So there I was on a cold friday morning sitting with my duffel bag and my sleeping kit packed and ready to go into the unknown.Â We started out at around 8am with a caravan of 13-14 vehicles, jeeps off every size and model basically and went through the new link road to the highway and towards hub dam. About an hour into the drive after stops for refuelling and lunch is when it all began. The caravan went off the beaten path and straight right, up the mountains, where through 5 and a half hours of bone jolting terrain, lakes, rivers, and every kind of stone eroded by wind you could imagine we arrived in the sorh area.Â The Sorh area is basically mountainous terrain full of minerals as well as small villages with only the basic of facilities. However we were lucky enough to have the owner of the lands we were travelling on with us, a Mr Zulfiqar who was kind enough to give us a place to rest our heads for the night at his seriously well appointed farm. I for one could have literally bowed to him as by now as every bone and whatever I had in my self had been thrown about to the extent of total disorientation in the ride to this point. Quite frankly I never imagined myself off roading up 60 degree inclines and watching people drive, get stuck and pull jeeps out of so many nooks and crannys and this was precisely why the mind was reeling. In any case the indoor plumbing and campfire was welcome respite for the night as we settled down and unpacked.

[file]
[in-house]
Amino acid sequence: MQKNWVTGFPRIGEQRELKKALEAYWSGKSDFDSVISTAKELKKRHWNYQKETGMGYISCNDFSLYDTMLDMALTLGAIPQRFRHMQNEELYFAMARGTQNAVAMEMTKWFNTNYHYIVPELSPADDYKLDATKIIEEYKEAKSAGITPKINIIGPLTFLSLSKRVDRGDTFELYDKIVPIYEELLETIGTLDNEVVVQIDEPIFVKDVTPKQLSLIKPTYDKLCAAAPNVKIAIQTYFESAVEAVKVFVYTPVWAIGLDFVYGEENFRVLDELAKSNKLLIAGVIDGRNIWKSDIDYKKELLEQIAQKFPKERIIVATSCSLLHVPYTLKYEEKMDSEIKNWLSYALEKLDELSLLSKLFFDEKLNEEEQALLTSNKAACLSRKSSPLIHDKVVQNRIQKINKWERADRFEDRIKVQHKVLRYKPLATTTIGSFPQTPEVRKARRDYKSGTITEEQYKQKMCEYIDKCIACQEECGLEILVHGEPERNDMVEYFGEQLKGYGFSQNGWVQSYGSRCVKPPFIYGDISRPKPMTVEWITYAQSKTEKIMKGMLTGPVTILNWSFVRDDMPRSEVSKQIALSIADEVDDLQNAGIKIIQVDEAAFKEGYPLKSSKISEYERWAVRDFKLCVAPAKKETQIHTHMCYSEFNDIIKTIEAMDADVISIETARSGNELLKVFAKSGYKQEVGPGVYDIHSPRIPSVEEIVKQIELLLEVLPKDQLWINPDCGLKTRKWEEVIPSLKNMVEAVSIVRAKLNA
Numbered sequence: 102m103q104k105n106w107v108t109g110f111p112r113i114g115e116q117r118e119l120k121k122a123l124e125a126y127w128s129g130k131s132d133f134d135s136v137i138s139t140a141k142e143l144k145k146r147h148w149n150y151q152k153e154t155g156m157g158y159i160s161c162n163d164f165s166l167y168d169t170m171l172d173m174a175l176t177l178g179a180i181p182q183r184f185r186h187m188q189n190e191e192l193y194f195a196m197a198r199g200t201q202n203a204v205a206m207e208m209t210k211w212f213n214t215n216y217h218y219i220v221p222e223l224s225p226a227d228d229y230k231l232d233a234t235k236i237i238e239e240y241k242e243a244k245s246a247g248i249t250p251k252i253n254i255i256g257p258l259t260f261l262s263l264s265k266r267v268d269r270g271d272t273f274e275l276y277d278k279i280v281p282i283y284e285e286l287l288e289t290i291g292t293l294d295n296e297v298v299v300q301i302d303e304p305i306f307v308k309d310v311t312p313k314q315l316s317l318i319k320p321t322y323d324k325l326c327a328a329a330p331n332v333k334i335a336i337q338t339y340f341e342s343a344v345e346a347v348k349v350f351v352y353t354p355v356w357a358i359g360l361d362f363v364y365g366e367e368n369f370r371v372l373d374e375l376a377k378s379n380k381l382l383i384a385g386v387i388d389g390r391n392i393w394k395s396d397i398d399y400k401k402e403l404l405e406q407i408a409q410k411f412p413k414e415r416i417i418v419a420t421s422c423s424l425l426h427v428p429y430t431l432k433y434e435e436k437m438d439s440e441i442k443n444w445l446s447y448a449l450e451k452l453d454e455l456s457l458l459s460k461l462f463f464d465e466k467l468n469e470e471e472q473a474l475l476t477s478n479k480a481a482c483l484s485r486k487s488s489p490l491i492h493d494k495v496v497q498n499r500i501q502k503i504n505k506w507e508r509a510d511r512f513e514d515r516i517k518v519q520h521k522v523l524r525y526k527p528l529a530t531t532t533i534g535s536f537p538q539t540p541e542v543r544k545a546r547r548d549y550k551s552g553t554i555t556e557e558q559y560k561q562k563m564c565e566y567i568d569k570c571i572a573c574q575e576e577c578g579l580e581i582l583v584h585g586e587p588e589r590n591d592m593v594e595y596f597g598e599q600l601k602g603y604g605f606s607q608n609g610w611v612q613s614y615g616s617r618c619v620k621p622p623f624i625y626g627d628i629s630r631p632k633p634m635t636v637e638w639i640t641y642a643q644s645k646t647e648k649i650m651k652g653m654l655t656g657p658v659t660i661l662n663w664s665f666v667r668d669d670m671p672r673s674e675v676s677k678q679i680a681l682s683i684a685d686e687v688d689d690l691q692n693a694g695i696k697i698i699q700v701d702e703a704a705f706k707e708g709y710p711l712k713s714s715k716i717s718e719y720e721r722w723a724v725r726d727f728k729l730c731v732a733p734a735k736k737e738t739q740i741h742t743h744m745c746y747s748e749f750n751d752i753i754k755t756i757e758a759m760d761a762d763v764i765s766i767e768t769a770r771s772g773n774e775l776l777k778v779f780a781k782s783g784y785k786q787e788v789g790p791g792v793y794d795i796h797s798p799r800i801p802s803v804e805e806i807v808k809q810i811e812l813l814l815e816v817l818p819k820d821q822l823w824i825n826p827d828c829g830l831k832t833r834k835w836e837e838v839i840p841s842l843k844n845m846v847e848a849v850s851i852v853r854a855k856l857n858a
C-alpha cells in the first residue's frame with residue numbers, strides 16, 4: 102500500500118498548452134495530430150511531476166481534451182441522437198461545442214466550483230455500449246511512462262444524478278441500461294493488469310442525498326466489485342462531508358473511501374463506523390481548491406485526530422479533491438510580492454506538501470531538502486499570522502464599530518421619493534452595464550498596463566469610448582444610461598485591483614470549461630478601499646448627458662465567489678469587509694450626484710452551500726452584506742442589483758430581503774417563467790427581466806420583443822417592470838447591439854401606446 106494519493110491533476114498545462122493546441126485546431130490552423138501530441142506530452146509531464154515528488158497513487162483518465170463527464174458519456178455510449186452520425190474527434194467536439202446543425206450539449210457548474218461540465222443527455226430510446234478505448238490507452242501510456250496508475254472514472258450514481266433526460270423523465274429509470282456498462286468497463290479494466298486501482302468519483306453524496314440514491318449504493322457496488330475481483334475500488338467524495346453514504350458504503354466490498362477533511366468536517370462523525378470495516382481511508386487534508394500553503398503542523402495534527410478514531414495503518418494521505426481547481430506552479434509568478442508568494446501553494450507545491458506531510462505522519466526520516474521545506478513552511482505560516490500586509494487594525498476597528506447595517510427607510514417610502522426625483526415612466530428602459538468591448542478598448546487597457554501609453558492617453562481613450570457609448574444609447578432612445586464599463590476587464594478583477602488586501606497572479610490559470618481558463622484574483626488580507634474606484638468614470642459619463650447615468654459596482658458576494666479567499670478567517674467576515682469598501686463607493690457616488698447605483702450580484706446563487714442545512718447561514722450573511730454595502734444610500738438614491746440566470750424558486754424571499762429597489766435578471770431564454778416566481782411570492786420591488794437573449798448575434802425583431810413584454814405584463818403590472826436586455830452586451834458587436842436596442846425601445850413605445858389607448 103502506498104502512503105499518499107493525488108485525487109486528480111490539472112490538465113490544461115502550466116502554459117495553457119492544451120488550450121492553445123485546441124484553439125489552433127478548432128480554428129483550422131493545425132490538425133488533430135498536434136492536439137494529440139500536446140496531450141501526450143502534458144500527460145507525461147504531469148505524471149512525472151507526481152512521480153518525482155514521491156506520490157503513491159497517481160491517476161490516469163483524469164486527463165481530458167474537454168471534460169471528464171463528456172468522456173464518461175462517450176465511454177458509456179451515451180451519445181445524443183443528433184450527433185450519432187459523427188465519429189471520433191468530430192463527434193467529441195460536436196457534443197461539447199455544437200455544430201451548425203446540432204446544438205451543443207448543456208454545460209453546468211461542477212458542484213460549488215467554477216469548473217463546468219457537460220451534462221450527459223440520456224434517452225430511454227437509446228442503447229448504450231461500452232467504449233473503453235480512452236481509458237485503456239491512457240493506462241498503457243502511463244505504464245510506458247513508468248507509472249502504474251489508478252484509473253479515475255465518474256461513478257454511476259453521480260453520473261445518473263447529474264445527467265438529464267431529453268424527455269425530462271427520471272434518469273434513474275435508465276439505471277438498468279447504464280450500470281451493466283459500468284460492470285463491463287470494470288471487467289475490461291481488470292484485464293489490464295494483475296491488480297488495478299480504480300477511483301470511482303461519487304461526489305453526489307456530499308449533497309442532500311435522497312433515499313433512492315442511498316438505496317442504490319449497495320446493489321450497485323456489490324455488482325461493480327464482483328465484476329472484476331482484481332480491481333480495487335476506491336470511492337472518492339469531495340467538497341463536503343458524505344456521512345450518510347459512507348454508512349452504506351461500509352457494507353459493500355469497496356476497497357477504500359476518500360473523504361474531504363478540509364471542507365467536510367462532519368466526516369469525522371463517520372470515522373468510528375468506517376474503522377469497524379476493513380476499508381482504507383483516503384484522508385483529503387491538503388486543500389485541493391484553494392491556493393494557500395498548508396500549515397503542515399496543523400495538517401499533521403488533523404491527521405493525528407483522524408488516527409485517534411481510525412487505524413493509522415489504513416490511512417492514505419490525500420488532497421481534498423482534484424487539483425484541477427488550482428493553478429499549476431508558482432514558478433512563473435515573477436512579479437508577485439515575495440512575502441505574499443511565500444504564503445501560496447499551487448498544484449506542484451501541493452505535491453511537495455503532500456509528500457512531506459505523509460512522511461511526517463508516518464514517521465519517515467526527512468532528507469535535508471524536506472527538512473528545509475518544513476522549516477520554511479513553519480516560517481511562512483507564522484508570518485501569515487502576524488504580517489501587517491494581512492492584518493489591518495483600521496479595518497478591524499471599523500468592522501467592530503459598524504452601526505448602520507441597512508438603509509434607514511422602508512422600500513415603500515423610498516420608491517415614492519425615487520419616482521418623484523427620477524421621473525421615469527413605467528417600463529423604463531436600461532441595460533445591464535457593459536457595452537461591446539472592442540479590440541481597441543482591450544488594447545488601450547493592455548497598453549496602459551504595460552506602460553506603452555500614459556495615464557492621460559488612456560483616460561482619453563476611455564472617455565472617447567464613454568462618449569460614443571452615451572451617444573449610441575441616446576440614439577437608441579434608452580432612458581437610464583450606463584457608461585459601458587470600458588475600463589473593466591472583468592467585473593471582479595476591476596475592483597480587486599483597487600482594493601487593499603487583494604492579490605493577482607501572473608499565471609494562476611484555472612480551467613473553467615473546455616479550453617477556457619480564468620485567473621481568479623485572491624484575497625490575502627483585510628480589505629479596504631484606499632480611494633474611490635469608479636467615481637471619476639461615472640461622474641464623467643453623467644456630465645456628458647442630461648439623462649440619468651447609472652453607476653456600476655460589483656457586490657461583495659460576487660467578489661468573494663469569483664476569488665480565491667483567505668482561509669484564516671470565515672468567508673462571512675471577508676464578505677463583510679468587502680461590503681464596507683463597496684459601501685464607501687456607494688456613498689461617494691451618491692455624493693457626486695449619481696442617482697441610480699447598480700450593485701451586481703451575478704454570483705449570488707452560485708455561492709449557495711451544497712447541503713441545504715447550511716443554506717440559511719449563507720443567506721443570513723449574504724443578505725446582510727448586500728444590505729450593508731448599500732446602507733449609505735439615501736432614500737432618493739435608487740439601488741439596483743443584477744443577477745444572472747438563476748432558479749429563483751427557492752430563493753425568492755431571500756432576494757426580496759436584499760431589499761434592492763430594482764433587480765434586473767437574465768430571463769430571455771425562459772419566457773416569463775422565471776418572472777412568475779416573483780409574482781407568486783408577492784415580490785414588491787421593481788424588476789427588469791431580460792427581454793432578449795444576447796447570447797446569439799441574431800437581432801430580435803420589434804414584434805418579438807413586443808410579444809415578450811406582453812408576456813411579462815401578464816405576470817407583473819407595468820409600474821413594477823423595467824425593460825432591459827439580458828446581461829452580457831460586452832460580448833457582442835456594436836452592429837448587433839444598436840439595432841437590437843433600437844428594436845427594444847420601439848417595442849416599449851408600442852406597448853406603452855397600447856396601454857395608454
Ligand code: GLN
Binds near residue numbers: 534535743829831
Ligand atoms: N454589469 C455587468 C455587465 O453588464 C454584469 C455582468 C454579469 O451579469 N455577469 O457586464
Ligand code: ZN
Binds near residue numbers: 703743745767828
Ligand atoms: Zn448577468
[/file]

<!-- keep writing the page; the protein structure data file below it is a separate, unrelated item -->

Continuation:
The adventure was not at all over for the night though as after dinner we loaded up in about 6 open jeeps and equipped with flashlights went deer spotting. Now let me tell you at this point dear readers that I have had the opportunity to go on many wildlife safaris on my travels but driving at breakneck speeds over anything the deer could run and jump over is a whole different experience. Not to mention that the experience was trebled by the fact that the person driving was high on not just the beauty of the land. So we screamed through trees like the blair witch project and finally came to a spot where thankfully we turned off our engines to gaze at the night sky, which the likes of I at least have never seen as there was 0 pollution and we could literally see millions of stars shining down on us. Looking at that sort of a sky makes one feel small, insignificant literally, like a speck of dust in this great cosmos, very humbling indeed.